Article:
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Abstract: FR-PO752

Plasma Metabolomics in Steroid-Sensitive and Steroid-Resistant Nephrotic Syndrome

Session Information

Category: Glomerular

  • 1004 Clinical/Diagnostic Renal Pathology and Lab Medicine


  • Gooding, Jessica, RTI International, Durham, North Carolina, United States
  • Agrawal, Shipra, Nationwide Children's Hospital , Columbus, Ohio, United States
  • Mcritchie, Susan, University of North Carolina at Chapel Hill, Kannapolis, North Carolina, United States
  • Acuff, Zachery James, RTI International, Durham, North Carolina, United States
  • Smoyer, William E., Nationwide Children's Hospital , Columbus, Ohio, United States
  • Sumner, Susan Jenkins, University of North Carolina Chapel Hill, Chapel Hill, North Carolina, United States

Nephrotic syndrome (NS) is a common kidney disease in children. Steroids are the primary therapy; however, they are ineffective in ~20% cases. Children with steroid-resistant NS (SRNS) fail to enter remission after prolonged steroid treatment, and are at high risk for steroid-induced side effects as well as progression of disease to end-stage renal disease (ESRD) within five years. This study aimed to discover markers of steroid-resistance that could be used to predict SRNS at presentation and develop a mechanistic definition of SRNS.


Citrate plasmas (n=86) were collected from 30 steroid-sensitive NS and 15 steroid-resistant NS patients at presentation (prior to steroid therapy) and after an average of 7 weeks of steroid treatment. Broad spectrum 1HNMR data was acquired, binned, and concentration fit. Multivariate analyses and hypothesis testing were used to determine the metabolites that best differentiated the phenotypic groups,and logistic regression using a stepwise variable selection method were used model the odds of steroid resistance at presentation.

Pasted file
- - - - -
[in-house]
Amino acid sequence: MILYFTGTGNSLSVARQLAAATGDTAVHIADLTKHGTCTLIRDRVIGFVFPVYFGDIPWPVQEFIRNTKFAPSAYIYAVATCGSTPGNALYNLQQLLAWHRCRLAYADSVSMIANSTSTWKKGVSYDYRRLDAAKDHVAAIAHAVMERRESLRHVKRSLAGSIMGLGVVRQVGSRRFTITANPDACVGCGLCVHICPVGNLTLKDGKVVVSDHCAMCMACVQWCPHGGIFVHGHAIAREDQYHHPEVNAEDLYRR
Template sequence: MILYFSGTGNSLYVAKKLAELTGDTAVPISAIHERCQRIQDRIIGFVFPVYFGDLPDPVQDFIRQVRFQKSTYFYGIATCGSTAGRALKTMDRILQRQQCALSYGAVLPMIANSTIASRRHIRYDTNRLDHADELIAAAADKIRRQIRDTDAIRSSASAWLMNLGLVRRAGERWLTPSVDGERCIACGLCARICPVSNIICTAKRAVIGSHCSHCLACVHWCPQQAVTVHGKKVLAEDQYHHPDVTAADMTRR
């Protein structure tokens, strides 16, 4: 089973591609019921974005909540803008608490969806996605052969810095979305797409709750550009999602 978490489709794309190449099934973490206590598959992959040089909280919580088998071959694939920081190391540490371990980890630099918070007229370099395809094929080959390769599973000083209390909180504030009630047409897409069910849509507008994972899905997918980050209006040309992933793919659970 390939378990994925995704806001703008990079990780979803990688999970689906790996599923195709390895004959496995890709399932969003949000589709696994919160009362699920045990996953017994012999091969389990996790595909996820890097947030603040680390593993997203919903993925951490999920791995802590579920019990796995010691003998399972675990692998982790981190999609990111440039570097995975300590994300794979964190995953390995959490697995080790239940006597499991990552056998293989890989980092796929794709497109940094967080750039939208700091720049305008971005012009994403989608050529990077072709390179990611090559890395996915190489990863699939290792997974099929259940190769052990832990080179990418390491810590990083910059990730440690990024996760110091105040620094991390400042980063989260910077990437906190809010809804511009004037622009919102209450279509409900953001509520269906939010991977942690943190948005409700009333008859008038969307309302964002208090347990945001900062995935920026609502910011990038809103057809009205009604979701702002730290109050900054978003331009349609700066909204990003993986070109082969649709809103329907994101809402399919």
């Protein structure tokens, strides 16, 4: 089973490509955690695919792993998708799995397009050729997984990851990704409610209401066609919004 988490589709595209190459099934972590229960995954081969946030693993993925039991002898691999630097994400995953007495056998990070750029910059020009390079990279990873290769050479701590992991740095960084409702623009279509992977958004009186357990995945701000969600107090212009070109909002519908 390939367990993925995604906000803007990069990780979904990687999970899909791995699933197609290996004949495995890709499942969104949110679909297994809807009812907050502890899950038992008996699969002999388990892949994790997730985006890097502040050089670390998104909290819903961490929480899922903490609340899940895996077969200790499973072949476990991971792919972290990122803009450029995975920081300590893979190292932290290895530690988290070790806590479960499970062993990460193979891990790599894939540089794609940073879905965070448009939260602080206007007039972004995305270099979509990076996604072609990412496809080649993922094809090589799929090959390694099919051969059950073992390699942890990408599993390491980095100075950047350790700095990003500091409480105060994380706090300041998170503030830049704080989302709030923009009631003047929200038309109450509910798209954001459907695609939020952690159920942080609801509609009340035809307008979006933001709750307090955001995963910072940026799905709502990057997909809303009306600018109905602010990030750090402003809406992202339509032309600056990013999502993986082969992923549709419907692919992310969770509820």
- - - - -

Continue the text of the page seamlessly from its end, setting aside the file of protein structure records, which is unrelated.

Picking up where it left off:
Treatment effects were observed between paired presentation and follow-up steroid-sensitive (SSNS) samples and between follow-up SSNS and SRNS samples. Metabolites affected by treatment included lipoproteins, adipate, tyrosine, valine, alanine, glutamine, glucose, pyruvate and creatine. After controlling for age, the step-wise logistic regression model selected glutamine (OR= 1.01; 0.99-1.02 95% CI). A similar model with children age >3 only, indicated that children with increased levels of malonate (OR=0.94; 0.89-1.00 95% CI) had an increased odds of responding to treatment.


Known effects of corticosteroid treatment were observed providing a proof-of-concept. The observed metabolic signature supports previous hypotheses that the proximal tubule is involved in the pathology of SRNS as reflected in circulating metabolites of renal gluconeogenesis. After controlling for age, logistic regression suggests that malonate concentration may be a potential biomarker for identifying SRNS at presentation.


  • NIDDK Support